BAC Plays Key Role in Expansion Efforts for New York’s Iconic Penn Station
Joe Bond still remembers the little voice inside his head that continually repeated the call to arms his team was asked to follow every day as they headed to their jobsite on 31st and 33rd streets between 8th and 9th avenues in New York City. “The time slots are the time slots—stick to the schedule.”
As a foreman for BAC signatory contractor Miller Druck Specialty Contracting, and Tile Mechanic of BAC Local 7 New York/New Jersey, Bond oversaw a crew that worked seven days a week on Moynihan Train Hall—the monumental civic project that connects the architectural past through adaptive reuse of the existing, nearly abandoned, James A. Farley Building. With 25 BAC members on the weekdays and 35 on the weekends, Bond’s team was tasked with strictly adhering to the schedule, including daily deliveries that started at 5:30 a.m. and ended at 7:30 a.m. sharp.
Working in the epicenter of one of the most affected areas of the country for COVID-19, eerily defined by uncharacteristically empty New York City streets, the job was not like any other BAC members had seen before.
The plan was clear cut: Amtrak, in partnership with Empire State Development (State of New York), set out to recapture the original spirit of 1910 Pennsylvania Station train travel by connecting the architectural past through adaptive reuse of the city's former existing, nearly abandoned post office, James A. Farley Building. Dubbed the “new gateway to the city,” Moynihan Train Hall, which opened Jan. 1, 2021, is highlighted by four catenary vaulted skylights that traverse the entire space.
The building—named after Daniel Patrick Moynihan, the U.S. Senator who had originally championed the plan—is part of a mixed-use redevelopment of the entire block. The project also includes eight new train tracks, expanded ticketing and baggage check-in areas, a Metropolitan Lounge area for premier customers, a business center, casual waiting space with high top tables and retail and food shops, and free Wi-Fi throughout.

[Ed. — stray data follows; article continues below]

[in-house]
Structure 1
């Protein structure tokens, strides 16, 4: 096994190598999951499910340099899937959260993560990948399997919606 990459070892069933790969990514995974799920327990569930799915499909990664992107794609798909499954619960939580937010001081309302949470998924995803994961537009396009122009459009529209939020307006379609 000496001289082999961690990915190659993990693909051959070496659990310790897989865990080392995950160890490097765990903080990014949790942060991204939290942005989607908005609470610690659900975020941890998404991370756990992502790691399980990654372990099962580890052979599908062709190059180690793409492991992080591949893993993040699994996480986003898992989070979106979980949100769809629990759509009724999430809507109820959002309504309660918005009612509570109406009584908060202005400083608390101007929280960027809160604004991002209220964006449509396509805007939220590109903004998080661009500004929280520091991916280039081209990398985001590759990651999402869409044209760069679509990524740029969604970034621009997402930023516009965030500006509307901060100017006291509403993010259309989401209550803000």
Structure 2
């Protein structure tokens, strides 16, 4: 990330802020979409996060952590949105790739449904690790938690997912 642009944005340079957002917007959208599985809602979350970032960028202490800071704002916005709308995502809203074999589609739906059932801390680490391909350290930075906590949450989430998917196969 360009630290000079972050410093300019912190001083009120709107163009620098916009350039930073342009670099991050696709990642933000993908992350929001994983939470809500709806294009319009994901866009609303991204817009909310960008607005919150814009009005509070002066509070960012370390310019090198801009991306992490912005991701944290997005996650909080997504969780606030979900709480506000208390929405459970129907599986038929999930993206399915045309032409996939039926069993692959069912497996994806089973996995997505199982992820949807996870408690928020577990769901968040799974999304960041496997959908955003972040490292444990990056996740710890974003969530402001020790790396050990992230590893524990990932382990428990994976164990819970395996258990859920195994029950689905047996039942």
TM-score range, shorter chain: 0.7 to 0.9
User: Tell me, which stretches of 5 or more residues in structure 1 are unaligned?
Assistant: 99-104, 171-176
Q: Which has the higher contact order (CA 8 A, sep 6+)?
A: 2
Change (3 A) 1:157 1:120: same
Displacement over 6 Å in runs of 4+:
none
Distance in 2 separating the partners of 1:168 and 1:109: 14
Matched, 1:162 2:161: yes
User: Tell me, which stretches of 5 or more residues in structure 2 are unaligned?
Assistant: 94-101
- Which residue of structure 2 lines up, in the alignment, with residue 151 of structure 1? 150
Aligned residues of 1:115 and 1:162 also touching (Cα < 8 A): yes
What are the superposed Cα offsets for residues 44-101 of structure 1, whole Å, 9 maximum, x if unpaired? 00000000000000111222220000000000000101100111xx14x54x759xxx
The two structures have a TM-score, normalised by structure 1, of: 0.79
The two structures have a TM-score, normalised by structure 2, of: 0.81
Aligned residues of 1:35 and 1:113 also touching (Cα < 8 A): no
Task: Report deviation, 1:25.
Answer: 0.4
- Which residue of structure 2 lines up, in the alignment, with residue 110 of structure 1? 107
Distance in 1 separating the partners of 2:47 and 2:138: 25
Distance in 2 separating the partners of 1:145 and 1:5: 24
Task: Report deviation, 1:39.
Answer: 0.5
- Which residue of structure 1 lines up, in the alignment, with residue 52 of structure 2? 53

For its part, some 90 members of BAC Local 1 NY and Local 7 NY/NJ worked on the Moynihan Train Hall project from July 2019 through December 2020, which included the Phase II and Phase III efforts. That translates into approximately 70,000 BAC hours, all of which coincided with a call to strict deadlines and an even deadlier virus.
“The contractors wanted every deadline hit, so that’s what we did,” Bond says. “Everything and everyone followed us, so we had to stay on schedule. It was a lot to keep up with, especially when you factor in a pandemic. Some may have decided to stay home, but not my crew. They could have taken the paid leave option, but they came to work every day.”
The BAC work included supplying and installing stone walls—arches, stairs and floors—throughout the entirety of the new Penn Station, including the Moynihan Train Hall and grand stair. Overall, they worked on 98,388 square feet of space, installing 26,563 pieces of marble.
“It is simply beautiful,” Bond says. “To be a part of it—to be able to learn the history of the building and what it stands for—is something that I will never forget. I will say this, iconic or not iconic, our BAC team came to work every day. It is the job we do. I could not have been prouder of the effort that every man and woman put into this.”